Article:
MOSCOW (AP) — The Russian president on Wednesday offered a new unilateral humanitarian pause for Syria's war-ravaged Aleppo, urging rebels to use it to leave the city's eastern, besieged districts. The Syrian rebels quickly dismissed Vladimir Putin's initiative.
Later in the day, at least eight civilians were killed in presumed government or Russian air strikes on the rebel-held town of Saraqib in Idlib province, a local search-and-rescue outfit reported.
Russian President Vladimir Putin ordered his forces to open humanitarian corridors to eastern Aleppo this Friday, along with two routes for rebels to leave the city "in order to prevent a senseless loss of life," the Defense Ministry announced Wednesday.
One exit leads to the Turkish border, the other to the city of Idlib, according to the ministry.
The U.N. and other relief organizations declined to use the corridors two weeks ago, when Russia first opened them, saying rebels and pro-government forces would not guarantee their safety. Few rebels or civilians were seen leaving the city, either.
Chief of the Russian General Staff Gen. Valery Gerasimov said he was "calling on all leaders of armed groups directly to cease hostilities and leave Aleppo with their weapons."
Gerasimov also said the rebel offensive on the Syrian government-held districts in western Aleppo, which was launched last week, has failed to break through the siege.
"They have no chance to break out of the city," he added.
Rebel groups in Aleppo dismissed Russia's latest offer, with one of the groups describing it as a media stunt for "public consumption."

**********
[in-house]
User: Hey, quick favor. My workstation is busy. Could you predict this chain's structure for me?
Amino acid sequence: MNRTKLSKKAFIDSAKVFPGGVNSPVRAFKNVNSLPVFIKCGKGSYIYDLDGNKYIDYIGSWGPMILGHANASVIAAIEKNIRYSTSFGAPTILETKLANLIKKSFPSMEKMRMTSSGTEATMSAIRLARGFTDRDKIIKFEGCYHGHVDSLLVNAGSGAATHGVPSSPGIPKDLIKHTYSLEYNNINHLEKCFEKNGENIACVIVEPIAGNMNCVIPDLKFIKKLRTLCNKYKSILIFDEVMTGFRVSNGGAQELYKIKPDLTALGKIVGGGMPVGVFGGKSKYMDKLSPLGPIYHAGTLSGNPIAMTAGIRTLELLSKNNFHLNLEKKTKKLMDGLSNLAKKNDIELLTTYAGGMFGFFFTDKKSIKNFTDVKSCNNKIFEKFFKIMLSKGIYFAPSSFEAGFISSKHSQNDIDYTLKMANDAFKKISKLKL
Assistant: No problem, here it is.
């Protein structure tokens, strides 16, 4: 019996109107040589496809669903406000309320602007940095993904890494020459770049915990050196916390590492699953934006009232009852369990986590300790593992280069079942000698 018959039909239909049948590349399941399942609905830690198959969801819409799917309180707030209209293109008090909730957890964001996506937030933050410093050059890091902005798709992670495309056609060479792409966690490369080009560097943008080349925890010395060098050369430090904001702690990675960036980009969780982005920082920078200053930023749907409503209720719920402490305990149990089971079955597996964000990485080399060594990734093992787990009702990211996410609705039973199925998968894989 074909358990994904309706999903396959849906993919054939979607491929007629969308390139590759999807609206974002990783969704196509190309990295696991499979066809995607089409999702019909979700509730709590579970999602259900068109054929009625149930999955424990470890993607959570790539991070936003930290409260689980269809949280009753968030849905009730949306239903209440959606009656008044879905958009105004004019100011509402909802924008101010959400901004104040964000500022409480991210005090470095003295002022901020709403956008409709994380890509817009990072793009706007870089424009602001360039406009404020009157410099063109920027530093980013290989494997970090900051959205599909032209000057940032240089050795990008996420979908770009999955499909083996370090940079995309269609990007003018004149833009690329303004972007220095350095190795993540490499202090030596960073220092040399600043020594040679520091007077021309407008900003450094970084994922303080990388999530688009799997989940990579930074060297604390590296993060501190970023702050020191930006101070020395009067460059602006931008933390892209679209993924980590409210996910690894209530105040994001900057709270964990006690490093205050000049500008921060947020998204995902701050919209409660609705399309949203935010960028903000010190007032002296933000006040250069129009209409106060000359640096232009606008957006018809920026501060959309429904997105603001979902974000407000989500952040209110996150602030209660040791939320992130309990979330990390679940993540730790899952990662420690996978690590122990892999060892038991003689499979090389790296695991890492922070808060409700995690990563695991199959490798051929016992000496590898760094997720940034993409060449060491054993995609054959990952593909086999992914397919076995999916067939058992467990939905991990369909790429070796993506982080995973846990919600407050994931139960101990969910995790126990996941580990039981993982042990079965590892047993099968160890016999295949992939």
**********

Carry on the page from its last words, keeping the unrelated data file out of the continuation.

Yasser al-Youssef, a spokesman for the Nour el-Din el-Zinki rebel group, said Russia "is not serious" and its latest initiatives "don't concern us." He added that the Russian leader's comments do not reflect the reality on the ground.
"We need an international commission to check the Russian lies," al-Youssef said.
Molhem Ekaidi, deputy commander of Fastaqim group, one of the major rebel factions fighting inside Aleppo, also accused the Russians of lying. "The (Russian) shelling and crimes continue and their planes have not left the skies of Aleppo," he said.
The two factions, Nour el-Din el-Zinki and Fastaqim, were later reported clashing among themselves inside the besieged city over detentions, according to activists briefed on the situation.
The Britain-based Syrian Observatory said at least one rebel was killed and 24 others wounded in the infighting that followed the arrest of several Nour el-Din el-Zinki fighters by Fastaqim fighters.
The Syrian media activist Ahmad Primo, who maintains contacts with rebels, described the fighting as a simple dust-up.
Meanwhile, the Idlib branch of the Syrian Civil Defense said warplanes launched a dozen strikes on the town in the afternoon. The Britain-based Syrian Observatory for Human Rights, which monitors the Syrian war through local contacts, said the death toll included four children.
The Idlib province has borne the brunt of Russian and government airstrikes since the two air forces relaxed their bombardment of Aleppo two weeks ago. The U.N. says 22 children and six teachers were killed in an air raid on a school in the village of Hass one week ago.
Also on Wednesday, Russian Foreign Minister Sergey Lavrov said other countries involved in Syrian peace negotiations have "sabotaged" the process by backing militant groups intent on toppling Syrian President Bashar Assad.
Lavrov spoke Wednesday at the start of a visit to Greece, a NATO and European Union member that has maintained close ties with Russia. He did not name any countries. Peace talks on Syria have involved U.S. Secretary of State John Kerry and foreign ministers of Turkey, Saudi Arabia, Qatar, and Iran.
El Deeb reported from Beirut. Associated Press Writer Derek Gatopoulos in Athens and Philip Issa in Beirut contributed to this report.